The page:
fractions after separation, and total before separation (total, in); and Rsolid,out is the ratio of solid fraction in relation to the input mass. 2.2. Modeling of emissions Based on the manure characterization for pre and post processing manure, GHG and NH3 emissions were quantified using the equations presented in Table 2 for all evaluated technologies and farms. These models use several variables that are key to estimate manure emissions under different climatic and management settings. By using the measured results, it is expected that the models can capture the effect of manure processing on emissions. However, there might still be some other interactions not fully captured as most of these emission models have been developed for raw manure and not processed manure. Modeled emission results from this study are key to understand emissions from manure processing, but they must be taken with caution. Emissions of GHG and NH3 reflect only those emissions from manure during storage and after land application. Characterization of GHG emissions consider a 100-year time horizon and are measured in kilograms of carbon dioxide equivalents (kg CO2-eq). Characterized gases include CH4 and N2O, which have a global warming potential of 28 kg CO2-eq and 264 kg CO2-eq, respectively (Myhre et al., 2013). Biotic CO2 is not quantified as it is assumed that the carbon contained in manure has been previously captured by the crops that are part of the dairy diet. It is assumed that raw manure, digestate, and liquid separated manure are stored in uncovered storage basins for six months before surface land applied in spring and fall. Solid manure is also assumed to be stored for six months before land application. As a result, daily emissions represent the yearly average. Average VS reduction rates for AD and separation efficiencies for SLS from the field studies were used to estimate GHG and NH3 emissions for manure storage and land application following processing. Manure emissions from four scenarios were analyzed to evaluate the effect of processing: i) raw manure i) digested manure iii) separated manure and iv) digested and separated manure. As manure processing is most common in permitted dairy facilities (Aguirre-Villegas and Larson, 2017), an assumed dairy farm of 1000 lactating cows, and related maintenance animals, was used for this modeling exercise. A farm this size produces nearly 100 metric tonnes of manure per day (AguirreVillegas et al., 2015b), amount that was used to model emissions from manure along with the characterization described in Tables 3 and A1. 3. Results and discussion 3.1. Manure characterization 3.1.1. Unprocessed manure Descriptive statistics (mean, standard deviation, coefficient of variation, minimum, maximum, and statistical difference between farms) of the analyzed constituents of unprocessed manure for each farm are presented in Table 3. There is variability in all constituents between farms. When unprocessed manure constituents are grouped based on farms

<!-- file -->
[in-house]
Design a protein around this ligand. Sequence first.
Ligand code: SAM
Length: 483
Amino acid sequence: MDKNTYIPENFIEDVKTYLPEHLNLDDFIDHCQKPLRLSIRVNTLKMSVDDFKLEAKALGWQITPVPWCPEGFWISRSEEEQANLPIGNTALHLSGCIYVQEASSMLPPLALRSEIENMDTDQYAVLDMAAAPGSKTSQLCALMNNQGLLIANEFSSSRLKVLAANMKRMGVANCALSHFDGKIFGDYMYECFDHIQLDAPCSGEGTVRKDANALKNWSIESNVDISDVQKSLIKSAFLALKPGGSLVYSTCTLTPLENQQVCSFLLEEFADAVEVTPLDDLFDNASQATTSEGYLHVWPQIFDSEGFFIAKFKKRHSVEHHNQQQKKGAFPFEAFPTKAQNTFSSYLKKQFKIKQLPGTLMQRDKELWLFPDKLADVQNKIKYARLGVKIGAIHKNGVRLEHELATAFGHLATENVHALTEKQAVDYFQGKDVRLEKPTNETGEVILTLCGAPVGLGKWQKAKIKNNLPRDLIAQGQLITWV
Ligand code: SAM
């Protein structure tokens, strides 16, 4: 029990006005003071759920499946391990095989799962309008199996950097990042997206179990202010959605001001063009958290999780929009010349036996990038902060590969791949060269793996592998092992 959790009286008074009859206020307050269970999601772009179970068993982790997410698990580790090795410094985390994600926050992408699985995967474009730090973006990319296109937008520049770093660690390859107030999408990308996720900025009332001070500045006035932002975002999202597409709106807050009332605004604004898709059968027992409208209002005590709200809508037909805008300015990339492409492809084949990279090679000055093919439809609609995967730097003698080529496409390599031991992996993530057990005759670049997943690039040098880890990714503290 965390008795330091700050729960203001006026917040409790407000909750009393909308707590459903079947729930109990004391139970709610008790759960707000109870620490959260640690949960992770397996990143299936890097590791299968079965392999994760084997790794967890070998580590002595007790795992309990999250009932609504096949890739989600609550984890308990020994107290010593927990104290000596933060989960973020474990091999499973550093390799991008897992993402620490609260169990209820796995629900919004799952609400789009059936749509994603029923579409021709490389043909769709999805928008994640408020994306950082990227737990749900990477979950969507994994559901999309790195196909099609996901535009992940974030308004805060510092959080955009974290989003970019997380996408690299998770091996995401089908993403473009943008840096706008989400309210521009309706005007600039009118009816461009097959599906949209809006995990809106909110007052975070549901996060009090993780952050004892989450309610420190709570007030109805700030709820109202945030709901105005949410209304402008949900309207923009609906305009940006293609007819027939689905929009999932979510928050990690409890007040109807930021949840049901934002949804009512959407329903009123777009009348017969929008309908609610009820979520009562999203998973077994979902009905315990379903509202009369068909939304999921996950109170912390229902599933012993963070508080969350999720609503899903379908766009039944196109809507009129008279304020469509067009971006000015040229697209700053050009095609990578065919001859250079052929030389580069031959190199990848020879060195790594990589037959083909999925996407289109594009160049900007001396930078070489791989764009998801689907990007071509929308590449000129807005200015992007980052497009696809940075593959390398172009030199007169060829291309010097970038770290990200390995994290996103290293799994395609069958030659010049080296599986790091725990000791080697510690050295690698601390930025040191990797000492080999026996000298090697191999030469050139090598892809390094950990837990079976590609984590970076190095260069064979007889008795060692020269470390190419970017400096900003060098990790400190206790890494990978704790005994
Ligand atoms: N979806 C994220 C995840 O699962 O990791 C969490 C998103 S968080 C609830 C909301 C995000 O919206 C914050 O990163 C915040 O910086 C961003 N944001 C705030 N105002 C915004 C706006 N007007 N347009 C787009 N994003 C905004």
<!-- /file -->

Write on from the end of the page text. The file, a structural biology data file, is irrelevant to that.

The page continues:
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Table 2 Description of emission factors used to estimate GHG and NH3 emissions from manure storage. Emission and source CH4 Manure storage (raw, liquid, and digestate)